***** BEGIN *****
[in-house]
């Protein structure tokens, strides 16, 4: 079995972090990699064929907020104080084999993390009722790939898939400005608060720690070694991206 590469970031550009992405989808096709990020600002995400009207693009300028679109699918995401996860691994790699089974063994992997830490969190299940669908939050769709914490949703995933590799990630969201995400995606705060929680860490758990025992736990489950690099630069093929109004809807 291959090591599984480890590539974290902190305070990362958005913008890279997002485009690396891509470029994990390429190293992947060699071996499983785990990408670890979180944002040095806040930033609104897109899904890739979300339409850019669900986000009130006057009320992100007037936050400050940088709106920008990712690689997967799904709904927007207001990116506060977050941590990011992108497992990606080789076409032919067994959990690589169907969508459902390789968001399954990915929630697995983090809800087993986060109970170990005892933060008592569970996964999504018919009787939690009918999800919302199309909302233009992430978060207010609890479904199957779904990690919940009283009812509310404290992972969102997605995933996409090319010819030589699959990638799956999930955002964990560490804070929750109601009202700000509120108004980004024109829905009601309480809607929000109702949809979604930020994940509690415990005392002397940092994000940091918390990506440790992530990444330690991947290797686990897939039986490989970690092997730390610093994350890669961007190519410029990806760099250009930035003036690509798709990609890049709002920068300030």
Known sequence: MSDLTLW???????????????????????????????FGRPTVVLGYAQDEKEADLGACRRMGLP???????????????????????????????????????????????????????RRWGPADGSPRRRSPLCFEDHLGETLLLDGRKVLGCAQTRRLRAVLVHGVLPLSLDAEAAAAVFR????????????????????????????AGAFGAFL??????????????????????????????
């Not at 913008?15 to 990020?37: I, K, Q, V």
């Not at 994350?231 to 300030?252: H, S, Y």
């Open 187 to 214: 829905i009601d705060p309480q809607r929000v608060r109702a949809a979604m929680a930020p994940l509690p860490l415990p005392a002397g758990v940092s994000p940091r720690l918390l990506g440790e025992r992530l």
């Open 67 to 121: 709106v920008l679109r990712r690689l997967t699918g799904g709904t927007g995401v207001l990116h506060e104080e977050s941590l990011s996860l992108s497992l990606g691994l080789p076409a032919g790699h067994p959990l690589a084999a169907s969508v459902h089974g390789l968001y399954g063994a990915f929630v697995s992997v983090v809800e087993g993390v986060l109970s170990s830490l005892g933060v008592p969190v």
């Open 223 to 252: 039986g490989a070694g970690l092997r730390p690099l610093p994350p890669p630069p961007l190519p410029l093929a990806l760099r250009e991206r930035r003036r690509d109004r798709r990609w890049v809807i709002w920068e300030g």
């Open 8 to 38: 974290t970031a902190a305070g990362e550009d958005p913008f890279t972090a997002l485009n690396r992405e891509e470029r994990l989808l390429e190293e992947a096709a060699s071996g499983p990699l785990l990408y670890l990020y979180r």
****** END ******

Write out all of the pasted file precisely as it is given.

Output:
[in-house]
């Protein structure tokens, strides 16, 4: 079995972090990699064929907020104080084999993390009722790939898939400005608060720690070694991206 590469970031550009992405989808096709990020600002995400009207693009300028679109699918995401996860691994790699089974063994992997830490969190299940669908939050769709914490949703995933590799990630969201995400995606705060929680860490758990025992736990489950690099630069093929109004809807 291959090591599984480890590539974290902190305070990362958005913008890279997002485009690396891509470029994990390429190293992947060699071996499983785990990408670890979180944002040095806040930033609104897109899904890739979300339409850019669900986000009130006057009320992100007037936050400050940088709106920008990712690689997967799904709904927007207001990116506060977050941590990011992108497992990606080789076409032919067994959990690589169907969508459902390789968001399954990915929630697995983090809800087993986060109970170990005892933060008592569970996964999504018919009787939690009918999800919302199309909302233009992430978060207010609890479904199957779904990690919940009283009812509310404290992972969102997605995933996409090319010819030589699959990638799956999930955002964990560490804070929750109601009202700000509120108004980004024109829905009601309480809607929000109702949809979604930020994940509690415990005392002397940092994000940091918390990506440790992530990444330690991947290797686990897939039986490989970690092997730390610093994350890669961007190519410029990806760099250009930035003036690509798709990609890049709002920068300030």
Known sequence: MSDLTLW???????????????????????????????FGRPTVVLGYAQDEKEADLGACRRMGLP???????????????????????????????????????????????????????RRWGPADGSPRRRSPLCFEDHLGETLLLDGRKVLGCAQTRRLRAVLVHGVLPLSLDAEAAAAVFR????????????????????????????AGAFGAFL??????????????????????????????
């Not at 913008?15 to 990020?37: I, K, Q, V």
């Not at 994350?231 to 300030?252: H, S, Y």
């Open 187 to 214: 829905i009601d705060p309480q809607r929000v608060r109702a949809a979604m929680a930020p994940l509690p860490l415990p005392a002397g758990v940092s994000p940091r720690l918390l990506g440790e025992r992530l």
């Open 67 to 121: 709106v920008l679109r990712r690689l997967t699918g799904g709904t927007g995401v207001l990116h506060e104080e977050s941590l990011s996860l992108s497992l990606g691994l080789p076409a032919g790699h067994p959990l690589a084999a169907s969508v459902h089974g390789l968001y399954g063994a990915f929630v697995s992997v983090v809800e087993g993390v986060l109970s170990s830490l005892g933060v008592p969190v």
């Open 223 to 252: 039986g490989a070694g970690l092997r730390p690099l610093p994350p890669p630069p961007l190519p410029l093929a990806l760099r250009e991206r930035r003036r690509d109004r798709r990609w890049v809807i709002w920068e300030g």
């Open 8 to 38: 974290t970031a902190a305070g990362e550009d958005p913008f890279t972090a997002l485009n690396r992405e891509e470029r994990l989808l390429e190293e992947a096709a060699s071996g499983p990699l785990l990408y670890l990020y979180r």